UCCS has had a radio station for some time, but the TV studio in the University Center has long been used for film studies classes and university photo shoots for advertisements. However, the full potential of the studio as a medium for actually producing television programming has lay dormant for years. A few enterprising students have begun to put together a TV station with original content and programming. Dubbed “UCCS LIVE!” by its creators, calls have been put in on Facebook and elsewhere for actors, writers and technical staff to work out of the TV studio in the University Center. “The basic idea of the show will be similar to Mad TV and Saturday Night Live,” wrote Angie Cillo

in a Facebook message to its supporters and wouldbe staff. The show, according to Cillo, will consist of “an opening, several short skits, and a closing. The skits can be school related, comedic, [or] dramatic,” so long as they abide by FCC regulations — roughly PG13 at most. The group is also looking for actors and students with technical experience related to film or television. UCCS LIVE! will be entirely student-run, from camera operators and light board operators to the actors and writers who produce the content for the show. Experience is preferred both for actors and technical crew, but those without experience who would like to learn about TV production are encouraged to join as well. UCCS LIVE! affords interested students opportunities that may not have existed in the past. For students who have ever wanted to try their hand at film acting or television

production, UCCS LIVE! perhaps offers a first step in the right direction. Details on when production will begin and the first show will air are still forthcoming, but as soon as the group has enough content, UCCS LIVE! will get off the ground and into a TV set near you. The group’s founders have yet to announce when the first show will air, though it will be played on Comcast cable programming in the Colorado Springs area. Students interested in having their work produced can email skits to Angie Cillo at cilloan13@aol. com or Karl Brevik at kbrevik@uccs.edu. Skits and scripts should be between 5 to 10 minutes long. Further information can be found on the group’s Facebook page by searching for “UCCS LIVE!” and joining the group. Hard copies can be brought to Media Services behind the IT Help Desk in the University Center beneath the library. ◆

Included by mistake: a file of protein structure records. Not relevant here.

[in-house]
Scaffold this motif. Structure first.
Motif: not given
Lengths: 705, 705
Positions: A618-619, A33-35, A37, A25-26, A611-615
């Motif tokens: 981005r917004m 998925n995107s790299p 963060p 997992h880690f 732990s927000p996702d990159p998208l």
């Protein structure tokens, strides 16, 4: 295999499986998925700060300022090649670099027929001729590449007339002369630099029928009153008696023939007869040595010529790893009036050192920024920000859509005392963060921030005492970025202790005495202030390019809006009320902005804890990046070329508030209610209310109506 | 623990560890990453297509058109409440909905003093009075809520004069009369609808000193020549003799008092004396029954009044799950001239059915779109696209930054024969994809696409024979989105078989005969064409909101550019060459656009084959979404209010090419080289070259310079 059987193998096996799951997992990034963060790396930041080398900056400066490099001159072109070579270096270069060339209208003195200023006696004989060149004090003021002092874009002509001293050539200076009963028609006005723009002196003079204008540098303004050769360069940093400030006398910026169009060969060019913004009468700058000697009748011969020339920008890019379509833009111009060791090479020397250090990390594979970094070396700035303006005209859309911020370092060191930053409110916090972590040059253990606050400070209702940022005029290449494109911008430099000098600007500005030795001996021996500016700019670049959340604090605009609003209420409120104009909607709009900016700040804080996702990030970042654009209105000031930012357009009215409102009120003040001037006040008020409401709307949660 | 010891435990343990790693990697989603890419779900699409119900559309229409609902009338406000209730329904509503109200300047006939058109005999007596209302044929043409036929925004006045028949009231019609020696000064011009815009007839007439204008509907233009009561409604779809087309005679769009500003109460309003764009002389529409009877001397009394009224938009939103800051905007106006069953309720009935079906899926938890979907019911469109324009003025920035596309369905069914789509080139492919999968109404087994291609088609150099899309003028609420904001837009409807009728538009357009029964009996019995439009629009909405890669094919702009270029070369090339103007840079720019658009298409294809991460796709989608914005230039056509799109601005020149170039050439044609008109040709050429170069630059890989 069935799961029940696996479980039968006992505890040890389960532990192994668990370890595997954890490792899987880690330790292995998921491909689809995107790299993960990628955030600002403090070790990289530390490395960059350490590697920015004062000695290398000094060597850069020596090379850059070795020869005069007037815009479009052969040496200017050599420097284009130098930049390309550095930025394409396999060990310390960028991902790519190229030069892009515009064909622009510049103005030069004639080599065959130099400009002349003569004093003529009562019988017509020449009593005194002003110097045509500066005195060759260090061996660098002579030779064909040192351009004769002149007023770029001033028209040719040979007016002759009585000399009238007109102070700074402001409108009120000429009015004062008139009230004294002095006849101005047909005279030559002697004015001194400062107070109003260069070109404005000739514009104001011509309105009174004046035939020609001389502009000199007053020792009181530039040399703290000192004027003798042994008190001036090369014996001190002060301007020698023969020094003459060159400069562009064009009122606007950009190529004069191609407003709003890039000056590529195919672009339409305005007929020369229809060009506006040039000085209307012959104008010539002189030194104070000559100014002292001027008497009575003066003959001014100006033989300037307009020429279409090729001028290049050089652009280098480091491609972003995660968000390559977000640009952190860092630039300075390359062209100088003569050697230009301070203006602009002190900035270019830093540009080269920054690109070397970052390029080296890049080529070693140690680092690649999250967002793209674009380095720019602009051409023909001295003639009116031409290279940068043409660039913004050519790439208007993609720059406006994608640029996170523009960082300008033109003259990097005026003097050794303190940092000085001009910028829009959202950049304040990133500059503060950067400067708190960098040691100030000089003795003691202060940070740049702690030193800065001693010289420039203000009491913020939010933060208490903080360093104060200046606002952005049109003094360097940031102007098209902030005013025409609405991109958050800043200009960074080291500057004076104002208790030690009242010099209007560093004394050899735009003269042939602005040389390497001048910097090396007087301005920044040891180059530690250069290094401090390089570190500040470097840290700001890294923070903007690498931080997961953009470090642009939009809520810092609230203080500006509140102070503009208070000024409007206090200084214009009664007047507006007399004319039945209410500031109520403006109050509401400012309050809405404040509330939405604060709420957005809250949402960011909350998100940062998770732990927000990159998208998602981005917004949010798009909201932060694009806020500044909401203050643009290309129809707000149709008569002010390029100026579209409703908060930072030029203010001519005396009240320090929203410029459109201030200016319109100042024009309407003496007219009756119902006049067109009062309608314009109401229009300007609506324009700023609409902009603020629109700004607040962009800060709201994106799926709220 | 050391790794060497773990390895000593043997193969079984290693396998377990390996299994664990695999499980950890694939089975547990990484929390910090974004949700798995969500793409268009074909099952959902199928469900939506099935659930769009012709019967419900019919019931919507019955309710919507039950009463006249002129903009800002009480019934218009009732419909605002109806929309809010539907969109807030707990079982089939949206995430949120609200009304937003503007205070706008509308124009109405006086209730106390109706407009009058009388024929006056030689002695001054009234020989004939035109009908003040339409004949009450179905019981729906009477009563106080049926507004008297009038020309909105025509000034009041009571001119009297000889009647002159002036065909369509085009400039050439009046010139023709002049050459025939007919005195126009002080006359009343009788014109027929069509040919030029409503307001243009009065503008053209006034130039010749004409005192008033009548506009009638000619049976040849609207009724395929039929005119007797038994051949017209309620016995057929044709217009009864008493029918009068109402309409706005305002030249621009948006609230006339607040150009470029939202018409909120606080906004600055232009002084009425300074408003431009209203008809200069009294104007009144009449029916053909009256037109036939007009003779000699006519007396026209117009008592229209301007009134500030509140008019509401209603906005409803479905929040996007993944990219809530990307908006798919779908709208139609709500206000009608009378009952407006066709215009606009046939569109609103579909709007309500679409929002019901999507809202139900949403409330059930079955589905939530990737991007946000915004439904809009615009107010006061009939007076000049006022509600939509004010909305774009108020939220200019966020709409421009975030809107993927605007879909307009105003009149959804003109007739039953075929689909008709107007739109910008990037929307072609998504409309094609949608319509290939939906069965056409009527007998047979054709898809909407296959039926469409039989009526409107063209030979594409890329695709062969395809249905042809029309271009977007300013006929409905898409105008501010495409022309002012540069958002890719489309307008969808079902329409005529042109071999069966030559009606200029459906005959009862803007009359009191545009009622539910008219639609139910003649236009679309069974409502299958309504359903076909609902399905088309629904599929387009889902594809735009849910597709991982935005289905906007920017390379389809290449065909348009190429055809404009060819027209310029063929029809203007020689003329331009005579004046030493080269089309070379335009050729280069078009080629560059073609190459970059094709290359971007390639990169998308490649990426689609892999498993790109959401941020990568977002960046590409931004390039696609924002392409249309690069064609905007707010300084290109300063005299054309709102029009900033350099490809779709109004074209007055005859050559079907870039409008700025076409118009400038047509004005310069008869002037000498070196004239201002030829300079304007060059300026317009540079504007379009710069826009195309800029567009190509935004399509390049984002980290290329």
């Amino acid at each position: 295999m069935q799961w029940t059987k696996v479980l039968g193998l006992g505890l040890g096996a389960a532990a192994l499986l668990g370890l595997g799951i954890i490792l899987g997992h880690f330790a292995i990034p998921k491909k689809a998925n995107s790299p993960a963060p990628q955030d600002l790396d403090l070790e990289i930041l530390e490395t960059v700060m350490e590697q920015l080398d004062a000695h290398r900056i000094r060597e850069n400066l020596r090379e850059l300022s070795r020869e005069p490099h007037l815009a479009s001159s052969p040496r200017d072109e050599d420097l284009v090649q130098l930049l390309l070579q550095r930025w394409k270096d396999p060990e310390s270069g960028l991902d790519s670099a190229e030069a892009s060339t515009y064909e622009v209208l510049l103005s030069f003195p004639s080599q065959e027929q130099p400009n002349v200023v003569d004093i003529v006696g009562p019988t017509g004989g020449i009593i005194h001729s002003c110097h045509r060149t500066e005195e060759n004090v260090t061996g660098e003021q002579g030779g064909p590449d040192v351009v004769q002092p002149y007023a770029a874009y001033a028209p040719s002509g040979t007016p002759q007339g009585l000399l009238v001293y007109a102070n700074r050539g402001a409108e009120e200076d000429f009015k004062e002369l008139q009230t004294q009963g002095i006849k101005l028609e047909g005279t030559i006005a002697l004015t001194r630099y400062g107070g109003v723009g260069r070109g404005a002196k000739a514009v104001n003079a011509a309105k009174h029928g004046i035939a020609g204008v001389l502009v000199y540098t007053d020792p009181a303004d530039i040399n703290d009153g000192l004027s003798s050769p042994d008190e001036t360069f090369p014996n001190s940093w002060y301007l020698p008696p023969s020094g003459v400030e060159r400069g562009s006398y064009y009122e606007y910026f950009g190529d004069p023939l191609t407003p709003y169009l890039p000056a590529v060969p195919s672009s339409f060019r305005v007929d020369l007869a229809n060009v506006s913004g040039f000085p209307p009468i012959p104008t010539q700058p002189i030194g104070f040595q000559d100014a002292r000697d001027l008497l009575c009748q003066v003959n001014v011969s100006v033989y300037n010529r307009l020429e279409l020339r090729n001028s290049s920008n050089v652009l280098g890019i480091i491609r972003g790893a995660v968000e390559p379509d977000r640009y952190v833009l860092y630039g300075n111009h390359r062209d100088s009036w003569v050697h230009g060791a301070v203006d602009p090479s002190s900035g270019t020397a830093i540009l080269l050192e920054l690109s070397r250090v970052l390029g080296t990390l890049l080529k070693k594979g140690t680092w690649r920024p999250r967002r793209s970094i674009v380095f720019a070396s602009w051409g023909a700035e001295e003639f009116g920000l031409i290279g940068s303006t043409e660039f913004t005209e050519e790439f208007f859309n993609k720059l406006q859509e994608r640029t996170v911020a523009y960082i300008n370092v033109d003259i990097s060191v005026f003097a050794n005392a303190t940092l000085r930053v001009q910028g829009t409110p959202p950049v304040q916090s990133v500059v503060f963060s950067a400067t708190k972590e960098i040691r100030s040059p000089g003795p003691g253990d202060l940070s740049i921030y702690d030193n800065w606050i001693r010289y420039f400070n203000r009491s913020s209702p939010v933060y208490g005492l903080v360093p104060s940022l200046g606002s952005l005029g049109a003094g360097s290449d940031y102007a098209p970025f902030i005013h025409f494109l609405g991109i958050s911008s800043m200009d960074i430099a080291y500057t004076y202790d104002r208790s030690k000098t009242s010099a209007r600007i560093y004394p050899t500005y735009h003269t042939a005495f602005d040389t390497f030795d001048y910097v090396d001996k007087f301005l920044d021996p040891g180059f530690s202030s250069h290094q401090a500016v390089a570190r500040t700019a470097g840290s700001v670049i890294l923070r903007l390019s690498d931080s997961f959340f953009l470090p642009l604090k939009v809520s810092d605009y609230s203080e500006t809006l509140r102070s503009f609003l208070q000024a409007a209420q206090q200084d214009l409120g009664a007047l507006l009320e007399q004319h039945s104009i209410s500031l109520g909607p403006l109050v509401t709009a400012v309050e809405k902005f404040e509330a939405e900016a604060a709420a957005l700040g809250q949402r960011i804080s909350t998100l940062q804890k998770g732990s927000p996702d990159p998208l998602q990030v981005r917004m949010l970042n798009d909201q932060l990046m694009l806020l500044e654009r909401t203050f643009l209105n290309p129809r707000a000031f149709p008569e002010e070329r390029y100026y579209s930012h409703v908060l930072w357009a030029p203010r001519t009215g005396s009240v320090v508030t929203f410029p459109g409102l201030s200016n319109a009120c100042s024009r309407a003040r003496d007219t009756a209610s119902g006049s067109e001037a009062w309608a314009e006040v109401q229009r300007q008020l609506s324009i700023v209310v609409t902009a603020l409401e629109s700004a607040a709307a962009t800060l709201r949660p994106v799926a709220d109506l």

6

opinion

September 17 to September 23, 2009

The 9/12 Project: Shoot out or make out session?

BY:

Byron Graham bgraham2@uccs.edu Proving that television personalities shouldn’t necessarily have personality disorders, Glenn Beck celebrated the culmination of his “9/12 Project” this week. Unveiled during one of Beck’s infamously weepy episodes of Fox News Channel’s “The Glenn Beck Program” 6 months ago, the 9/12

Project was conceived in the spirit of collaboration among Americans following the terrorist attacks of Sept. 11, 2001. On Sept. 12, protestors gathered around the country at Tea Parties to air their grievances with the Obama administration. I know, nothing signifies national unity like armed protests, and the amount of tea that these folks waste is frightful. There’s a troubling discrepancy between Beck’s rhetoric vis a vis the purported unity among America’s political factions in the nationwide post-traumatic stress of September 11, 2001, and what the people gathered at these 9/12 Tea Parties actually represent. Entreaties for bi-partisan harmony from one of the